Notes on the Atrocities
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Wednesday, February 25, 2004  

Movie Week

Lead Actors

The two performances that have critics buzzing this year couldn't be more different. Bill Murray undertates himself into another zone, while Charlize Theron does her best DeNiro-as-Jake-LaMotta impression. But these weren't the only great performances this year. Many, as you'll see from my list, aren't well-known, either.

So, since I yammered too much on supporting actors, I'll do my best to be economic here. Without further ado, here are my selections for best leads by a woman:

Maria Bello, The Cooler
Hope Davis, American Splendor
Scarlett Johansson, Lost in Translation
Charlize Theron, Monster

I really wanted to like The Cooler. I like the people in it, I liked the idea of the film, and I liked the way first-time director Wayne Kramer shot the film. Unfortunately, it failed on almost every level. Even Maria Bello's role as a hard-luck casino waitress was deeply flawed. Despite the lack of cohesion from a writing level, Bello sold the role. The heart-of-gold role is usually played either vapidly or with world-weary wisdom. Bello gave it much more--her hard-luck waitress was playing out a losing hand, but she was still naive enough to believe it might change. Her sexiness wasn't played as object, but rather part of her personality. She made me believe that her character could have loved William H. Macy.

Hope Davis had the unenviable role of playing a human who happened to not only be alive, but featured in the very same film. What more can you say than she really became Joyce Brabner? Wonderful.

It's hard to imagine Lost in Translation without Scarlett Johansson. Maria Bello had to make us believe she could love an older man, but Johansson had to show us infatuation. She did it so organically that it almost seemed like not acting. Alas, how often have we seen the other side of that coin?

Charlize. Suffice it to say that the critics are divided. Ebert called it "one of the greatest performances in the history of the cinema." But the Post's Manohla Dargis was not amused: "Phony choppers and a startling resemblance to Jon Voight aren't enough to transform Theron into Wuornos, and I didn't buy either the performance or the character for a second." I don't know that I'd go as far as Ebert, but almost. After I saw the movie, I wrote that it put me in an altered state of consciousness that persisted for a good 24 hours. The movie itself was flawed, but Theron's performance was so good that I related to her as a person. I felt for her so keenly--not for the actress, but the character. I tend to shy away from the classic "big" performances that often win awards. Not this time. It was amazing.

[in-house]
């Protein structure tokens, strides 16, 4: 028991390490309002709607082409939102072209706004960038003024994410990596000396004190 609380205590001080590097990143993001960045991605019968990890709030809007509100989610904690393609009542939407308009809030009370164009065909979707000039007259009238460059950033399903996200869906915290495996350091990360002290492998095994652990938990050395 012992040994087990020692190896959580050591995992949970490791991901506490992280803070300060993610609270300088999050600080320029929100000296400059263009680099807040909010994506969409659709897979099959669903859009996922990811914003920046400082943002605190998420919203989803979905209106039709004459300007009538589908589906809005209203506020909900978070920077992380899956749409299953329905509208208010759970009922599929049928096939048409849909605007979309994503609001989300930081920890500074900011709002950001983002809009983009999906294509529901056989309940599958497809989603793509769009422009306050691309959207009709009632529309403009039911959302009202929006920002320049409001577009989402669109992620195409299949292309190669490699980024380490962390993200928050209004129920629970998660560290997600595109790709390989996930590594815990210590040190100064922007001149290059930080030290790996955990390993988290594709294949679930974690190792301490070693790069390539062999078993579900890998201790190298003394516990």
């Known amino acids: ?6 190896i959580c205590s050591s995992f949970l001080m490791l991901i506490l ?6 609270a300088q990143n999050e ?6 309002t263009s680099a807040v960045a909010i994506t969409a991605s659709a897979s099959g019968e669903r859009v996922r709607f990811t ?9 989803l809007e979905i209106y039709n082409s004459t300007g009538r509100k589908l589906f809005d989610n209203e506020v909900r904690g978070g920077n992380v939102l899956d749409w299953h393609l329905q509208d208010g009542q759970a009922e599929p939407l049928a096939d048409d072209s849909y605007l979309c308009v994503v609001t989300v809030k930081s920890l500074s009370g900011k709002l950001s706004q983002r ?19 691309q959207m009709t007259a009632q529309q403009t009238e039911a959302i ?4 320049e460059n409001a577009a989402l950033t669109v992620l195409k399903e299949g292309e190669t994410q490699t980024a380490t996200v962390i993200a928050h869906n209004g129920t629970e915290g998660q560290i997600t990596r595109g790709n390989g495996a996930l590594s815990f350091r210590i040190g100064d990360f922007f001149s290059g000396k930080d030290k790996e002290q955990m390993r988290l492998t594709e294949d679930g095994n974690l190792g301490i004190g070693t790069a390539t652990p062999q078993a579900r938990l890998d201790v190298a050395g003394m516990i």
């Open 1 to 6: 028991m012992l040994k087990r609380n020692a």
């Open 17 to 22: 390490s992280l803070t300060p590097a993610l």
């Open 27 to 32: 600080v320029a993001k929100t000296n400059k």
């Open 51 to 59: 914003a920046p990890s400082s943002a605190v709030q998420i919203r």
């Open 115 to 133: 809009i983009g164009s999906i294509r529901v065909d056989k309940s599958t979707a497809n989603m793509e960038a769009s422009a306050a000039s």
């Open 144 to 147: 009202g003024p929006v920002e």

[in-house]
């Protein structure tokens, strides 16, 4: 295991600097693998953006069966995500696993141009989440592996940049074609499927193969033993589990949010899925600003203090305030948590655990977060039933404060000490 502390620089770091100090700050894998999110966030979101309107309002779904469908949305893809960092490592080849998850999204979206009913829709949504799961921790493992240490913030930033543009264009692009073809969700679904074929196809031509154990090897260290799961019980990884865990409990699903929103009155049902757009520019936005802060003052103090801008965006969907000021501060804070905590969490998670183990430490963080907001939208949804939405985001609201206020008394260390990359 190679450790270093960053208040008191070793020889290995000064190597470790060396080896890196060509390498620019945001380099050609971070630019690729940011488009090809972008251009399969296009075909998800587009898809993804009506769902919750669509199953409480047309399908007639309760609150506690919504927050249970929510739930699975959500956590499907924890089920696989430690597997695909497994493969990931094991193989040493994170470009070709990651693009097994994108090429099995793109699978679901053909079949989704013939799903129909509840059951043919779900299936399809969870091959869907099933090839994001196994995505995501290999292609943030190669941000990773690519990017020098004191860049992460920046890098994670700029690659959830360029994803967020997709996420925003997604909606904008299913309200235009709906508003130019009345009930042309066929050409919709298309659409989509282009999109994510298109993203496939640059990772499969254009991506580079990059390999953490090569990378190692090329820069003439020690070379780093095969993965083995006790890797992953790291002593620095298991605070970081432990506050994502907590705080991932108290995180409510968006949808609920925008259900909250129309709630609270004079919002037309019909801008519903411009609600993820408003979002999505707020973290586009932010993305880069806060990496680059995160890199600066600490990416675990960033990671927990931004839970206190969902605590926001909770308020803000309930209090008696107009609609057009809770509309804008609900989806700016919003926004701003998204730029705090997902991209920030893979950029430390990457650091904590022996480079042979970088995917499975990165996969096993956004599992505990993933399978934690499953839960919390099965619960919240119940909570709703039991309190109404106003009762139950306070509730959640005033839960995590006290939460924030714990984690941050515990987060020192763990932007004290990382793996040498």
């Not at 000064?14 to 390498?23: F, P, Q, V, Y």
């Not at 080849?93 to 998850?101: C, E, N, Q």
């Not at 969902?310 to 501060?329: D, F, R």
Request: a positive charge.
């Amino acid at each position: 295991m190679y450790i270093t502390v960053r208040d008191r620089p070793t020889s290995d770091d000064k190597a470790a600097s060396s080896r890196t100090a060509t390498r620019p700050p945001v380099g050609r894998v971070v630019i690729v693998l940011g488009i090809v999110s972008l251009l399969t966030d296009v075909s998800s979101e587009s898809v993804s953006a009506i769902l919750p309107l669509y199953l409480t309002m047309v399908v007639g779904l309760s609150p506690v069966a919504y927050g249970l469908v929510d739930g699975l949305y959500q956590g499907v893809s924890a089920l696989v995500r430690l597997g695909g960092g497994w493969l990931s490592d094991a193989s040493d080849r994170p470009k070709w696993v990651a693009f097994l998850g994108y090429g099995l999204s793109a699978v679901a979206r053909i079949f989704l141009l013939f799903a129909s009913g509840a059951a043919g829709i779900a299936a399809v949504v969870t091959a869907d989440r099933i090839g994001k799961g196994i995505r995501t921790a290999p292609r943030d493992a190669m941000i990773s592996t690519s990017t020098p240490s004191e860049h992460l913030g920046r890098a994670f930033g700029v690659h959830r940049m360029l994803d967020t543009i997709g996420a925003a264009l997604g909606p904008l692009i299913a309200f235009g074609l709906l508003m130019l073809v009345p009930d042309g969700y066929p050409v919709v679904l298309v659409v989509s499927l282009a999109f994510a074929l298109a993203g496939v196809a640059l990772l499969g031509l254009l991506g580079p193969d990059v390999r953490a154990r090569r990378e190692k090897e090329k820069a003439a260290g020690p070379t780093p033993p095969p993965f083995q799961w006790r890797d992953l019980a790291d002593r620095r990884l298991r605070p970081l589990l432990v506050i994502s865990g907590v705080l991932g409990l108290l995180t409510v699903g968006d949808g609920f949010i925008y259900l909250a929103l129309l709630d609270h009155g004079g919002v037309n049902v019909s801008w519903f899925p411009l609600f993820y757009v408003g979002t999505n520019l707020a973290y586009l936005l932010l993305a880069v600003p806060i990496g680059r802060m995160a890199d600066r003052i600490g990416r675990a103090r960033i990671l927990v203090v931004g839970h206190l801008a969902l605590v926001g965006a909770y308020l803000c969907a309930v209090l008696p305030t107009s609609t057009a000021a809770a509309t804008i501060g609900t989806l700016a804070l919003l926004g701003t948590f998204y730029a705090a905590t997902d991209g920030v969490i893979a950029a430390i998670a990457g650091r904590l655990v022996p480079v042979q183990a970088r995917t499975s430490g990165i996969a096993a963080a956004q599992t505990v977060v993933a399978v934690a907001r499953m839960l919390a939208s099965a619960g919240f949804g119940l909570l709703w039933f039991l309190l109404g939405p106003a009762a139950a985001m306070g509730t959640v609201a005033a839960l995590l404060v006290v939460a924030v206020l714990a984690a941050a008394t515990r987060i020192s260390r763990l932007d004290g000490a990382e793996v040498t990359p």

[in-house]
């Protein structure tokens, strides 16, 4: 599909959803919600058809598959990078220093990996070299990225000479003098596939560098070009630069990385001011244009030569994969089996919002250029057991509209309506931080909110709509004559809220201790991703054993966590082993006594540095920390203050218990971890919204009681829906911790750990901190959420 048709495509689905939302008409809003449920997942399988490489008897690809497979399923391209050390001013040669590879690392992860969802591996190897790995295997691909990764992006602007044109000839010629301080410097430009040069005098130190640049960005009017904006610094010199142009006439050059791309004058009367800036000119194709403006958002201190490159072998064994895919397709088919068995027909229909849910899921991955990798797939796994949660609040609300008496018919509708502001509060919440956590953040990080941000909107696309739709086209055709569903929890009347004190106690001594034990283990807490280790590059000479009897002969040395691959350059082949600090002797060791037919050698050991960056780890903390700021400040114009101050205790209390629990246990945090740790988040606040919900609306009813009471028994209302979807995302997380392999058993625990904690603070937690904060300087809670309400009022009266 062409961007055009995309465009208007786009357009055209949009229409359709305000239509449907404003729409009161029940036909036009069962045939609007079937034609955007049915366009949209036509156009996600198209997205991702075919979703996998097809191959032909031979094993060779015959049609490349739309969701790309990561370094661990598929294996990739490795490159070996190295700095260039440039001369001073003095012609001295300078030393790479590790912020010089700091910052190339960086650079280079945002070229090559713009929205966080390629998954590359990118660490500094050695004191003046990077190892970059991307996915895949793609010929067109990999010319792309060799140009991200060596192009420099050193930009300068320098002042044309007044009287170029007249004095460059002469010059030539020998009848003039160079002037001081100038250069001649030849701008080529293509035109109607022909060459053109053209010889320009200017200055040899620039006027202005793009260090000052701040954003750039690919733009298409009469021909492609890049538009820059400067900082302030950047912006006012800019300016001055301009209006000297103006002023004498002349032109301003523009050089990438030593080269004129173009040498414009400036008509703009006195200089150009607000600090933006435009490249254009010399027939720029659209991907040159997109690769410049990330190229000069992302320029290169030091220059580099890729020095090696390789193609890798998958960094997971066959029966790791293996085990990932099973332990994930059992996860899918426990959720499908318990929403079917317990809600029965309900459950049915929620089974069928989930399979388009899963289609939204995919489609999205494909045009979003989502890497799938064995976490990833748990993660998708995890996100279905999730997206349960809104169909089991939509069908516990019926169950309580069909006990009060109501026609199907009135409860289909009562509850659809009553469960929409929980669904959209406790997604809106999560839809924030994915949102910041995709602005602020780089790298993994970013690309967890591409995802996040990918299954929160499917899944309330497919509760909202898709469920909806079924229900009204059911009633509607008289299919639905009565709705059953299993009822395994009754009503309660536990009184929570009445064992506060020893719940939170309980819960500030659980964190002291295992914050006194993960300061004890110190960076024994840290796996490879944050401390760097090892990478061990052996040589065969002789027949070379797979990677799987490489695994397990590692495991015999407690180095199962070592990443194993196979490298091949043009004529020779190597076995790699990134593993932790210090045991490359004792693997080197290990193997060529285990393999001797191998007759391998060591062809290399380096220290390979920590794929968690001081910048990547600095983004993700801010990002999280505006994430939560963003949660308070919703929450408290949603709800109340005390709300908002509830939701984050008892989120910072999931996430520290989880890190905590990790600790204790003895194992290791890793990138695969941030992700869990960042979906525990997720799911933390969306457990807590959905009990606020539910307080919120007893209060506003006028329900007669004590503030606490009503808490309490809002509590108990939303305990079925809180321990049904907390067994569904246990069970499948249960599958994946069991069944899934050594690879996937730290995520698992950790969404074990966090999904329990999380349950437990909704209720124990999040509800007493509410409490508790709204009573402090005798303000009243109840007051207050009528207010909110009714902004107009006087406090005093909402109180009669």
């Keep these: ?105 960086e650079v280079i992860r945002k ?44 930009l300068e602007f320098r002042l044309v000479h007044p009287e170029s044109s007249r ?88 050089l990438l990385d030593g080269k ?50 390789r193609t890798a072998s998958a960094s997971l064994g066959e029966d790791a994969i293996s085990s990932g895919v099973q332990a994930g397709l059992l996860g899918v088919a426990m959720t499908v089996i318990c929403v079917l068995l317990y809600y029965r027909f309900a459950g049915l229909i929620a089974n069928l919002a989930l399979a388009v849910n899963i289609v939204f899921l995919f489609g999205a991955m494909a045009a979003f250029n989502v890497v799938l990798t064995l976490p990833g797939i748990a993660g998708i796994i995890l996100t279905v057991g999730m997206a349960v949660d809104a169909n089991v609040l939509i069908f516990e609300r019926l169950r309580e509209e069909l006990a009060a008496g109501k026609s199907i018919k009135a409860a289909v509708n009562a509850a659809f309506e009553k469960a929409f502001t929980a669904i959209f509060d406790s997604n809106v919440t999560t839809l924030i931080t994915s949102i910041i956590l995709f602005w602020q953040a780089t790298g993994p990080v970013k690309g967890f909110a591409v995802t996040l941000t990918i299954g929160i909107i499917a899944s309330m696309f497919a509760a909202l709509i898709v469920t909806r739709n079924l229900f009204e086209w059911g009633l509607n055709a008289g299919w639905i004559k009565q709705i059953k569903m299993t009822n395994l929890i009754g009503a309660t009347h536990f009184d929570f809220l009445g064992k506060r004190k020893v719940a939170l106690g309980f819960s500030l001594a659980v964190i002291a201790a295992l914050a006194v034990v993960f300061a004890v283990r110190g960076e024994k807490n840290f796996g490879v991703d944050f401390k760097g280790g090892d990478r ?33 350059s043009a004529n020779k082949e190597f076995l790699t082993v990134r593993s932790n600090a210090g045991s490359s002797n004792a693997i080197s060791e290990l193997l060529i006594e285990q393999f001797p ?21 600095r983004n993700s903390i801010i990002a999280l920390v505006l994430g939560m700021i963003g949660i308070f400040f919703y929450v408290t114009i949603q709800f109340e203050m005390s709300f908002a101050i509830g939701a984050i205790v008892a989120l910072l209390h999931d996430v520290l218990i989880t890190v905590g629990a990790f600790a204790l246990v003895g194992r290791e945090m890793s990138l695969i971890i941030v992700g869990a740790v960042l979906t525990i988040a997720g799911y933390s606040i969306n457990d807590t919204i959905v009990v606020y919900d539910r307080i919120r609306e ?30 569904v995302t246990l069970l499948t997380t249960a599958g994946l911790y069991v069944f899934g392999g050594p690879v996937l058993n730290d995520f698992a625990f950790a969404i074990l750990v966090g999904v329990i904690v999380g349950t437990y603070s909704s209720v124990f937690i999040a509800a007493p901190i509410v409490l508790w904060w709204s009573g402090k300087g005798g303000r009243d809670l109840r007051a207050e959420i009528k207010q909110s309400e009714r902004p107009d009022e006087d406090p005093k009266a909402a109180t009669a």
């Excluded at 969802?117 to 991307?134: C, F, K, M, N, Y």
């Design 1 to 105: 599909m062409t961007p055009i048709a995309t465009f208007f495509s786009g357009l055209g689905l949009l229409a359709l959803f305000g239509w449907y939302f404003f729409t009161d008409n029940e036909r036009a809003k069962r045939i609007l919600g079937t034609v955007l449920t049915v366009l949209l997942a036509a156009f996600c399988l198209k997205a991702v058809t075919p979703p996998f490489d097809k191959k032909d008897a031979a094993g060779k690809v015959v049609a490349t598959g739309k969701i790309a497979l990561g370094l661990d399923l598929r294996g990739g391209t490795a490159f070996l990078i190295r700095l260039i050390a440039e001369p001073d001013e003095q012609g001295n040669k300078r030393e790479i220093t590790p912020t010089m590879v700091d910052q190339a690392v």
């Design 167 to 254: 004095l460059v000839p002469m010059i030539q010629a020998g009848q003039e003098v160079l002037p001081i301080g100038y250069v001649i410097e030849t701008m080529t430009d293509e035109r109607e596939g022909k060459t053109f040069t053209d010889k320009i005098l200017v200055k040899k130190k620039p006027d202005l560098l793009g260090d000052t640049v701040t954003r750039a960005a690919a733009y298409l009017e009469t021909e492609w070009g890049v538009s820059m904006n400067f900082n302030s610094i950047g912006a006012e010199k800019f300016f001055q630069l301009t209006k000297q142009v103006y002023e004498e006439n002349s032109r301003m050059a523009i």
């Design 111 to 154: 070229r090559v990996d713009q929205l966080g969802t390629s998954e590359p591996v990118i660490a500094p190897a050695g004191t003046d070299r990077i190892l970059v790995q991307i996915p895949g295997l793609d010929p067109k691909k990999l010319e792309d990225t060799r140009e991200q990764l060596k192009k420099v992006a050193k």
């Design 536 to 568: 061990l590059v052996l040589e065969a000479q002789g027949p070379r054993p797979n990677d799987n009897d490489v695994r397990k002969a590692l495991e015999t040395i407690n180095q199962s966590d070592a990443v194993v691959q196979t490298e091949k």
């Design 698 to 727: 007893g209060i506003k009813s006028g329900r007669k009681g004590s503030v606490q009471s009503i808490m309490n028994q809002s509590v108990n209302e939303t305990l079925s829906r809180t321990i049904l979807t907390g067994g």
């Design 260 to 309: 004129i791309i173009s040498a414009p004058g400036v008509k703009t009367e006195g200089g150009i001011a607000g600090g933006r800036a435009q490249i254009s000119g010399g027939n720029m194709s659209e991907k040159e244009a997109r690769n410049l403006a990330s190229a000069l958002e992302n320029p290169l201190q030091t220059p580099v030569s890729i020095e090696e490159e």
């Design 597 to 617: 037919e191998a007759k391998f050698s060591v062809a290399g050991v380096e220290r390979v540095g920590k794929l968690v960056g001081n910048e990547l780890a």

And the Jeffy goes to: Charlize Theron.

For the men, the winner wasn't as clear. There were five performances I enjoyed, and I could make a serious argument for each as the best performance of the year. The nominations:

Chiwetel Ejiofor, Dirty Pretty Things
Johnny Hallyday, Man on the Train
Paul Giamatti, American Splendor
Bill Murray, Lost in Translation
Jean Rochefort, Man on the Train

In a movie almost no one saw (Man on the Train), Johnny Hallyday and Jean Rochefort give two delightful performances. I knew when I started the nominations that it was going to either have to be both or neither, because they were both so good. It's a story of odd couples where the couple are neither really so odd nor, despite appearances, so different. Hallyday plays a noirish thief, Rochefort a provincial school teacher. Their paths cross, and the lives of the other is a balm to each. The movie is itself a balm to anyone with blockbuster-itis.

Chiwetel Ejiofor also gives a very human performance in the similarly un-Hollywood film Dirty Pretty Things. Ejiofor plays an illegal Nigerian immigrant who drives a cab in London, but is in fact a doctor. He becomes the moral center of a movie that swims with immoral sharks. (Review here.) It's a generous character and a generous performance.

I reviewed Giamatti earlier this week, which leaves us with Bill Murray. When a guy like Murray finally gets a nomination, you hope he wins it for a life's work. That's how I feel about him now--except he also deserves to win. For a number of years now, Murray has been playing roles where his humor is a very modest side note. It's a part of his personality, in service to something a little sad or tired. A strange irony that after becoming famous for his comedic roles and his wild SNL lifestyle, latter-day Murray is all in a minor key. When she wrote Lost in Translation, Sofia Coppola had Murray in mind for the role, and it brings together all the depth he has had in recent films. It's the ultimate Bill Murray movie.

And the Jeffy goes to: Bill Murray.

posted by Jeff | 12:54 PM |
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